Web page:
Paperback: 252 pages
Publisher: Bell Bridge Books (March 1, 2013)
Product Dimensions: 9 x 6 x 0.6 inches
In this thoughtful story we meet Sarah Hausman, a teen who has been traumatized by a rape and thinks she must pretend it didn’t happen, and she absolutely can not tell her parents. Then we meet Judith, who is struggling to hang on to a relationship when the man she loves has gone to take care of family business.
As the story progresses, we find that Sarah has much more to hide, and the novel really lives up to the title by twisting the story every which way. Some of the people aren’t who we thought they were, and incidents certainly aren’t what they first appeared to be. Be ready for some surprises.
I really liked the ending, but to say what I liked would give away too many of those surprises, so I will refrain. On the other hand, I did have a bit of a hard time hanging in to read the whole story. Some of the characters were so unlikeable, and did things that didn’t seem to fit, that I almost stopped reading when I was about half-way through the book. I’m glad I didn’t put it down, though, because from the middle on, the story picked up, the twists were revealed and I was saying, “Ah, so that’s what was going on.”
That was also when I really started to enjoy how Marjorie uses craft, and I could see how she won a Pushcart nomination. This is not a novel for light reading and don’t expect something that would fit in a genre. That said, I do wish there had been some early hints of what was really going on in the story. I felt like the story took me in one direction, then changed course with no turn signal. That did not bother other readers and reviewers, as comments on Amazon attest, but I found it a bit disconcerting. If hints were there and I missed them, I apologize to Marjorie.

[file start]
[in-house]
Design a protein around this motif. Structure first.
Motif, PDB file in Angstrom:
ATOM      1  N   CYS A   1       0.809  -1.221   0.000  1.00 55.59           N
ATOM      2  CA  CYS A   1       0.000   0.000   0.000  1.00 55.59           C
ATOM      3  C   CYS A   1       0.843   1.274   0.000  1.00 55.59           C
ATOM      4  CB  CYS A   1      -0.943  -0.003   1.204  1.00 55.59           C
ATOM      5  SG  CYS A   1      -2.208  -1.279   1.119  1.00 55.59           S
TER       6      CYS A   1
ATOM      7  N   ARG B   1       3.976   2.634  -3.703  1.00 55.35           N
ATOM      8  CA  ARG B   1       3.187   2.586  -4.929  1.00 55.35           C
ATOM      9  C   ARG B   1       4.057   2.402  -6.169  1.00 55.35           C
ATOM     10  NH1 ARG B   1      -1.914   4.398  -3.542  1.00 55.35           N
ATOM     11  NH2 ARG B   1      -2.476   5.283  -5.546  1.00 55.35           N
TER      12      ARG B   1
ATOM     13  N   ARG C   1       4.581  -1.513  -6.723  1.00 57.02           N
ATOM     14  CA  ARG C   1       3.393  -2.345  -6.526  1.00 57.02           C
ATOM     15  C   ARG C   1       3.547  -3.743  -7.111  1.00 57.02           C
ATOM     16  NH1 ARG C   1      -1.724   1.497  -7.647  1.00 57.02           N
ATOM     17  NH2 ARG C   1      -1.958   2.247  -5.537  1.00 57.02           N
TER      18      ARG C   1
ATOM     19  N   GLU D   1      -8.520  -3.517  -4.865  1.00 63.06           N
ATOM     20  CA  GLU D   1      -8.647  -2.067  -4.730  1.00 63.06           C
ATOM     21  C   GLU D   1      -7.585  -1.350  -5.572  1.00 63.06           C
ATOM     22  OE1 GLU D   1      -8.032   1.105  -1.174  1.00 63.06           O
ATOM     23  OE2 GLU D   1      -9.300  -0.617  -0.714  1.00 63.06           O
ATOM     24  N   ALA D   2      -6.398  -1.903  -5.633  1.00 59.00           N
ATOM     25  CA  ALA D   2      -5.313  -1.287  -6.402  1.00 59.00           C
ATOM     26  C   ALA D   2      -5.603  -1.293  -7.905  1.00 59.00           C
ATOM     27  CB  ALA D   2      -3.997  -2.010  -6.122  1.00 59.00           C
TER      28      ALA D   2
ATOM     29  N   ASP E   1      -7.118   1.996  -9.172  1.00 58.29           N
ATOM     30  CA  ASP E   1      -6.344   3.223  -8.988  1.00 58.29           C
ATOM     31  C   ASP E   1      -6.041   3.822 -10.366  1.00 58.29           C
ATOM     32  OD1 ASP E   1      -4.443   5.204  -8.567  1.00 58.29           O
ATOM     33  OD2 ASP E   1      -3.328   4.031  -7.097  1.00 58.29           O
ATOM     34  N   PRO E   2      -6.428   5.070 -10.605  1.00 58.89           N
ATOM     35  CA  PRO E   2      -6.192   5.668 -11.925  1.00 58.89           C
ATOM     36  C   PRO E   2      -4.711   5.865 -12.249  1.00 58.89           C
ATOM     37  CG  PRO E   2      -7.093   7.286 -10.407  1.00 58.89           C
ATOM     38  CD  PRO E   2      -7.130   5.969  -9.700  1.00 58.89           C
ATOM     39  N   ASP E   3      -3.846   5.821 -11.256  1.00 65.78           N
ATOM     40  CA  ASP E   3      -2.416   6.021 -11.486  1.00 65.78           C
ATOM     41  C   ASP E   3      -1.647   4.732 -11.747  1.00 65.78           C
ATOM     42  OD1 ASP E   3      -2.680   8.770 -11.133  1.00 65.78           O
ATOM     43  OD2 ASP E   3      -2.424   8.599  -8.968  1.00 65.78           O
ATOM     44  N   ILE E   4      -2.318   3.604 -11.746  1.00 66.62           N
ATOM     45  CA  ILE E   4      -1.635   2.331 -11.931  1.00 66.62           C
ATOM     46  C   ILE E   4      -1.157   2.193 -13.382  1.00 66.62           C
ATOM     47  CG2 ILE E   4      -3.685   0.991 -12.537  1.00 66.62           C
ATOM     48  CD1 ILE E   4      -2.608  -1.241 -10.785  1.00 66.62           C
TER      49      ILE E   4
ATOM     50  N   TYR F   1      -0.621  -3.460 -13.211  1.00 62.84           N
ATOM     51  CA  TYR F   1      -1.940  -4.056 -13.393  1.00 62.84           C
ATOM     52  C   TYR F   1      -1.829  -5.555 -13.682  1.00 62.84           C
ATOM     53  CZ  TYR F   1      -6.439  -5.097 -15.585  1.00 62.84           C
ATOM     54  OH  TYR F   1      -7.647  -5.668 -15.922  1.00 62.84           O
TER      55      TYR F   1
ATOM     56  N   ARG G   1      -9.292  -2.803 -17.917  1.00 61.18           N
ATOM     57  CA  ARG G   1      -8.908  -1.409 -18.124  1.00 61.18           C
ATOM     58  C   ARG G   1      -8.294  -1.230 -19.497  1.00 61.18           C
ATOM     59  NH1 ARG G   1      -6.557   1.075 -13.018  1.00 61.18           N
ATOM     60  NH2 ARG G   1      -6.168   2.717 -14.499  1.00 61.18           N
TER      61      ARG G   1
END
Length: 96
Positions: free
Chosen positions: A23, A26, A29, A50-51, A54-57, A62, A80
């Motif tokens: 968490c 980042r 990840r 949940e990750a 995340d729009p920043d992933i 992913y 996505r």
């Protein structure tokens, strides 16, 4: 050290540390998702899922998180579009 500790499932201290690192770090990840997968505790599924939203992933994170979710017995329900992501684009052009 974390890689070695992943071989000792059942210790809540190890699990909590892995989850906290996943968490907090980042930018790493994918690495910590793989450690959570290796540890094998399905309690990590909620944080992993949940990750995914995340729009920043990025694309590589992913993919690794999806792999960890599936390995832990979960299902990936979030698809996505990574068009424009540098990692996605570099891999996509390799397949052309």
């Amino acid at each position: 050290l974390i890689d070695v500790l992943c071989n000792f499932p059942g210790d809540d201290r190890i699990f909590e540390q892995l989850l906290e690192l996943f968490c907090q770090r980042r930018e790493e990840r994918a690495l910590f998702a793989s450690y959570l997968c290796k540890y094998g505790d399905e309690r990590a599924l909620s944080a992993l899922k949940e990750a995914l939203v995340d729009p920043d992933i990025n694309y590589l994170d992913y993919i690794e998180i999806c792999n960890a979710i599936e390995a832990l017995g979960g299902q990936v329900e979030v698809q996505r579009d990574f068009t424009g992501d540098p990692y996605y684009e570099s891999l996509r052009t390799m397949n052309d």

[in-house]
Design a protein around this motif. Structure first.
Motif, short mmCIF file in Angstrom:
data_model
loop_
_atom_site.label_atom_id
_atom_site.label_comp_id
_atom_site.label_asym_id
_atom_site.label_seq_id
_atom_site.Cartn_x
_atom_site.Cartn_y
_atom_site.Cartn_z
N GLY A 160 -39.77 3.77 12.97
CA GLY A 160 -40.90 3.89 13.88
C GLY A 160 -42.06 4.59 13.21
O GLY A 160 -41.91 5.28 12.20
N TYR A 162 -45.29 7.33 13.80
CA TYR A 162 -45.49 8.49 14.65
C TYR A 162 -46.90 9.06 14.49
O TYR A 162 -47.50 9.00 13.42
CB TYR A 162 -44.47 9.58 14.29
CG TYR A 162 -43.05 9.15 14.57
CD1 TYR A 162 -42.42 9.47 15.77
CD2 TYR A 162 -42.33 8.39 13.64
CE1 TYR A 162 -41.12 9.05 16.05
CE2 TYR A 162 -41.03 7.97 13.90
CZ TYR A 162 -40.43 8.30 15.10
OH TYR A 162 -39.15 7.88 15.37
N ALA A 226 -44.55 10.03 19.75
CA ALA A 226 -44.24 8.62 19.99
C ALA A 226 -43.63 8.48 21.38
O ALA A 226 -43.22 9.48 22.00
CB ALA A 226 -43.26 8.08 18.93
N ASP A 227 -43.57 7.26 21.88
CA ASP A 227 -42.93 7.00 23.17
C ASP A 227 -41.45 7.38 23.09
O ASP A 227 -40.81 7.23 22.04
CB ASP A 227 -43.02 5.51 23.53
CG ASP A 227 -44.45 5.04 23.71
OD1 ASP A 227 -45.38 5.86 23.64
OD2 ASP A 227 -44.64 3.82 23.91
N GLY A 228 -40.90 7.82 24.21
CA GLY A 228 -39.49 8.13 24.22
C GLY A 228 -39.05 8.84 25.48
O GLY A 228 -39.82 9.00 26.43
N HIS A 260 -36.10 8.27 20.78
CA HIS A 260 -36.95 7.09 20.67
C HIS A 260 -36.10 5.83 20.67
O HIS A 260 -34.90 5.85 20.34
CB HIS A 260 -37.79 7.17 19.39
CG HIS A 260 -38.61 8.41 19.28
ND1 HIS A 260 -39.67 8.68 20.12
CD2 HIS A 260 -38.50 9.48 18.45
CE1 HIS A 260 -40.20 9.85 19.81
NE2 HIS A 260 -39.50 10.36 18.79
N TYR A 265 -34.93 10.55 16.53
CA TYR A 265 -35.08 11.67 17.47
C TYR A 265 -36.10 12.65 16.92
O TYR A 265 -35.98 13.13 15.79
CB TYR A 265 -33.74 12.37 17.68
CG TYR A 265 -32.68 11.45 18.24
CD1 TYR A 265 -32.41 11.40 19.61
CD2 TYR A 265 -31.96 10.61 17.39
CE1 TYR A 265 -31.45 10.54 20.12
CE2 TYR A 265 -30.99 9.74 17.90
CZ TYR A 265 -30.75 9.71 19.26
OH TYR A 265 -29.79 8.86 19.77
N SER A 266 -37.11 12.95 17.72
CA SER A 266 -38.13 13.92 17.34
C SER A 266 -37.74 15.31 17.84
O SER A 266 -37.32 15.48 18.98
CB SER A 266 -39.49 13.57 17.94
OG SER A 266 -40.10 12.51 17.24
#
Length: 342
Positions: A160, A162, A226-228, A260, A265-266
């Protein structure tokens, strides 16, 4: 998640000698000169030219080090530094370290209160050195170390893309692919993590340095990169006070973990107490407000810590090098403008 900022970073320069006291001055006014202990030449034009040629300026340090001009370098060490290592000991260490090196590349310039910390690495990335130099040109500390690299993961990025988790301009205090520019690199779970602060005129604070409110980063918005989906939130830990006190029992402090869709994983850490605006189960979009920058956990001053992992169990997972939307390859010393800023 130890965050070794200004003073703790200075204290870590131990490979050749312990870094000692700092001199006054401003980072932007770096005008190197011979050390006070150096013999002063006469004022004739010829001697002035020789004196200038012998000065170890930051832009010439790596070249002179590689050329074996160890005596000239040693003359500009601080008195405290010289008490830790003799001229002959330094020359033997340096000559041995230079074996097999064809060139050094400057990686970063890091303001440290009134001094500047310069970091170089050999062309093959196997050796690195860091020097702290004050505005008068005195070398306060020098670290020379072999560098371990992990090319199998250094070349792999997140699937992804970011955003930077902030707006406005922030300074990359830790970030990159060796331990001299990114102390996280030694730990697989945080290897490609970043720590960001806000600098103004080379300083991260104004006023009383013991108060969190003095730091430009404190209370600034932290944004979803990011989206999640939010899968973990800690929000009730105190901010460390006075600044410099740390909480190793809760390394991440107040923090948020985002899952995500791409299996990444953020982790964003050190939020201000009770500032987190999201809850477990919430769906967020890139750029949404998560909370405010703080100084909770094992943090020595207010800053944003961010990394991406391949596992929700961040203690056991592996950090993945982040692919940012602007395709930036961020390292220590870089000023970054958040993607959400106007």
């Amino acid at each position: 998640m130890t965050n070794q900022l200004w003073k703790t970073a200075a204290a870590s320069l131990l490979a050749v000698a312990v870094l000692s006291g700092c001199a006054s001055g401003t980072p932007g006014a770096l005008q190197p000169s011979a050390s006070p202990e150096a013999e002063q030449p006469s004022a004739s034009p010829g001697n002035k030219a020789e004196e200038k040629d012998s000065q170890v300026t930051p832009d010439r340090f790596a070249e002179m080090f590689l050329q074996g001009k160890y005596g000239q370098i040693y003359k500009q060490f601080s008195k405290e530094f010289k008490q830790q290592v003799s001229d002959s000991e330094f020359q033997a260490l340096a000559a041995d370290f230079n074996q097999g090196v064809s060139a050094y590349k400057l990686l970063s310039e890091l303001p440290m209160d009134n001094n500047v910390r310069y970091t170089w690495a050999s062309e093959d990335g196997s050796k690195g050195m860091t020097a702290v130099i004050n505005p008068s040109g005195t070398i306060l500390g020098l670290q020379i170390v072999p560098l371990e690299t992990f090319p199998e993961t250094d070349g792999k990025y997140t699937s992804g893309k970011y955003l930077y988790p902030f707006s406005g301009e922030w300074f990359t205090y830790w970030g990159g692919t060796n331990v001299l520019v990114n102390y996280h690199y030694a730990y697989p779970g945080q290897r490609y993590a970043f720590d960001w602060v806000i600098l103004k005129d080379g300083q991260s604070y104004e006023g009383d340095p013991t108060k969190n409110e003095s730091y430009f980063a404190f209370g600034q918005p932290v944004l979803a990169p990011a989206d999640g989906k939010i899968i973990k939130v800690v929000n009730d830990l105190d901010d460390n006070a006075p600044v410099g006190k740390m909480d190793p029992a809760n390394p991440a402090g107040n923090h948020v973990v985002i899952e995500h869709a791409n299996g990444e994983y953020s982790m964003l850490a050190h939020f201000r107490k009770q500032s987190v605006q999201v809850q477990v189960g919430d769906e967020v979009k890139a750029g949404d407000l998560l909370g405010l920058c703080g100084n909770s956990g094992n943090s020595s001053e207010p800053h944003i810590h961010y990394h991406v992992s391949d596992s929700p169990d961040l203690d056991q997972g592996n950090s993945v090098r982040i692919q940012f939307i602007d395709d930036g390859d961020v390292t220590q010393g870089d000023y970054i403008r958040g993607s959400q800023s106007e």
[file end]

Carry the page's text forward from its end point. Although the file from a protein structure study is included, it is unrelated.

Marjorie is an award-winning writer and a retired psychotherapist. She will be my Wednesday’s Guest this week, so I do hope you will come back and meet her. I met her at an author event a few months ago, and enjoyed getting to know her.
2 thoughts on “Book Review – Twisted by Marjorie Brody”
Wish I had more time for reading.
I like it when reviewers like you say what they didn’t like as well as what they did.
Thanks for the support, Alicia. Some people think we should only say the good things about a book, but I have always thought we owe it to other readers to point out the good and the not so good, if there is not so good. But then I come from the old school of journalism where a review was always part critique, analyzing the craft for strengths and weaknesses. That doesn’t mean we had to find weaknesses in every book we were given to review. Some didn’t have any.
That said, I do like to temper my reviews and point out that this is only one person’s response to a story.